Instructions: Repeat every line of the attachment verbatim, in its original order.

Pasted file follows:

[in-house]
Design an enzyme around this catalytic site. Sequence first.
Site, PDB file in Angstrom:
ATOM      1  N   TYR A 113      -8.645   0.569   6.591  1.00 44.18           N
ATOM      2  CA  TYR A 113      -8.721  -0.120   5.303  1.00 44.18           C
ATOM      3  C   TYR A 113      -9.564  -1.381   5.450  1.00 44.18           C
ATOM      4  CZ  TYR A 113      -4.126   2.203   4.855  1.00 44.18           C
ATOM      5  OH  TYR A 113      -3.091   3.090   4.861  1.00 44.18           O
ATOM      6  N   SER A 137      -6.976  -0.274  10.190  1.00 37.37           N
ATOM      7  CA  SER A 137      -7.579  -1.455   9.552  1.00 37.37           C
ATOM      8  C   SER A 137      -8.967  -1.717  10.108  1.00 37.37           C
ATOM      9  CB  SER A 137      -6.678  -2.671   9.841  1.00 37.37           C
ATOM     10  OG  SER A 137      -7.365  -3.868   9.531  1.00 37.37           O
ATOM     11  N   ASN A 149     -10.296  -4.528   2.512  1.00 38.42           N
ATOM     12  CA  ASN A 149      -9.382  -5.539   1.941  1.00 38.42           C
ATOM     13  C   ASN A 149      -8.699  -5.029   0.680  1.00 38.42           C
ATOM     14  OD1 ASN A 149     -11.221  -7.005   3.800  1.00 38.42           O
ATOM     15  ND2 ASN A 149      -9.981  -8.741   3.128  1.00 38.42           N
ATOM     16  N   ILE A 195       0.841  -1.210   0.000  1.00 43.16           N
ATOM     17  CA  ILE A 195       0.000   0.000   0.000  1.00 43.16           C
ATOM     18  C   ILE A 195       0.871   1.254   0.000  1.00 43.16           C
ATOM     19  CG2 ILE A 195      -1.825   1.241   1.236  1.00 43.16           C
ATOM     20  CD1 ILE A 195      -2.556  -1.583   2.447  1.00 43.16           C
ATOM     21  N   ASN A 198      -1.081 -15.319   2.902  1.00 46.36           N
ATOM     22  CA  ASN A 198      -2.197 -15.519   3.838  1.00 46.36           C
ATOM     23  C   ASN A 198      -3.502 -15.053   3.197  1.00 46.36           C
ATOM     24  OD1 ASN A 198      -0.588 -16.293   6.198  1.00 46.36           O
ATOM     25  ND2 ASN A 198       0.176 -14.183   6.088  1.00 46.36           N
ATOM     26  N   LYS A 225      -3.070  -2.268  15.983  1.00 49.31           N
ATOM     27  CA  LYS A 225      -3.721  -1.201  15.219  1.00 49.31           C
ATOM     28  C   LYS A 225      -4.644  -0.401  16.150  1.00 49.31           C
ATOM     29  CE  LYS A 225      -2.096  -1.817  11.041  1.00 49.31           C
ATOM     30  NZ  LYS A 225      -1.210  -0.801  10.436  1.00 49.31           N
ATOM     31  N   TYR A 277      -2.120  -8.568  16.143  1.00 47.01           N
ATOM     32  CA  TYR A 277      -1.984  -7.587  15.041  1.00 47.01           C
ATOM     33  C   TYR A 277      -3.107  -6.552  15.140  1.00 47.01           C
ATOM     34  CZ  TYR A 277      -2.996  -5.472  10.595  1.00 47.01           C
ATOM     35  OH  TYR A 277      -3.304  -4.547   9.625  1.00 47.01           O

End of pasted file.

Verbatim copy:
[in-house]
Design an enzyme around this catalytic site. Sequence first.
Site, PDB file in Angstrom:
ATOM      1  N   TYR A 113      -8.645   0.569   6.591  1.00 44.18           N
ATOM      2  CA  TYR A 113      -8.721  -0.120   5.303  1.00 44.18           C
ATOM      3  C   TYR A 113      -9.564  -1.381   5.450  1.00 44.18           C
ATOM      4  CZ  TYR A 113      -4.126   2.203   4.855  1.00 44.18           C
ATOM      5  OH  TYR A 113      -3.091   3.090   4.861  1.00 44.18           O
ATOM      6  N   SER A 137      -6.976  -0.274  10.190  1.00 37.37           N
ATOM      7  CA  SER A 137      -7.579  -1.455   9.552  1.00 37.37           C
ATOM      8  C   SER A 137      -8.967  -1.717  10.108  1.00 37.37           C
ATOM      9  CB  SER A 137      -6.678  -2.671   9.841  1.00 37.37           C
ATOM     10  OG  SER A 137      -7.365  -3.868   9.531  1.00 37.37           O
ATOM     11  N   ASN A 149     -10.296  -4.528   2.512  1.00 38.42           N
ATOM     12  CA  ASN A 149      -9.382  -5.539   1.941  1.00 38.42           C
ATOM     13  C   ASN A 149      -8.699  -5.029   0.680  1.00 38.42           C
ATOM     14  OD1 ASN A 149     -11.221  -7.005   3.800  1.00 38.42           O
ATOM     15  ND2 ASN A 149      -9.981  -8.741   3.128  1.00 38.42           N
ATOM     16  N   ILE A 195       0.841  -1.210   0.000  1.00 43.16           N
ATOM     17  CA  ILE A 195       0.000   0.000   0.000  1.00 43.16           C
ATOM     18  C   ILE A 195       0.871   1.254   0.000  1.00 43.16           C
ATOM     19  CG2 ILE A 195      -1.825   1.241   1.236  1.00 43.16           C
ATOM     20  CD1 ILE A 195      -2.556  -1.583   2.447  1.00 43.16           C
ATOM     21  N   ASN A 198      -1.081 -15.319   2.902  1.00 46.36           N
ATOM     22  CA  ASN A 198      -2.197 -15.519   3.838  1.00 46.36           C
ATOM     23  C   ASN A 198      -3.502 -15.053   3.197  1.00 46.36           C
ATOM     24  OD1 ASN A 198      -0.588 -16.293   6.198  1.00 46.36           O
ATOM     25  ND2 ASN A 198       0.176 -14.183   6.088  1.00 46.36           N
ATOM     26  N   LYS A 225      -3.070  -2.268  15.983  1.00 49.31           N
ATOM     27  CA  LYS A 225      -3.721  -1.201  15.219  1.00 49.31           C
ATOM     28  C   LYS A 225      -4.644  -0.401  16.150  1.00 49.31           C
ATOM     29  CE  LYS A 225      -2.096  -1.817  11.041  1.00 49.31           C
ATOM     30  NZ  LYS A 225      -1.210  -0.801  10.436  1.00 49.31           N
ATOM     31  N   TYR A 277      -2.120  -8.568  16.143  1.00 47.01           N
ATOM     32  CA  TYR A 277      -1.984  -7.587  15.041  1.00 47.01           C
ATOM     33  C   TYR A 277      -3.107  -6.552  15.140  1.00 47.01           C
ATOM     34  CZ  TYR A 277      -2.996  -5.472  10.595  1.00 47.01           C
ATOM     35  OH  TYR A 277      -3.304  -4.547   9.625  1.00 47.01           O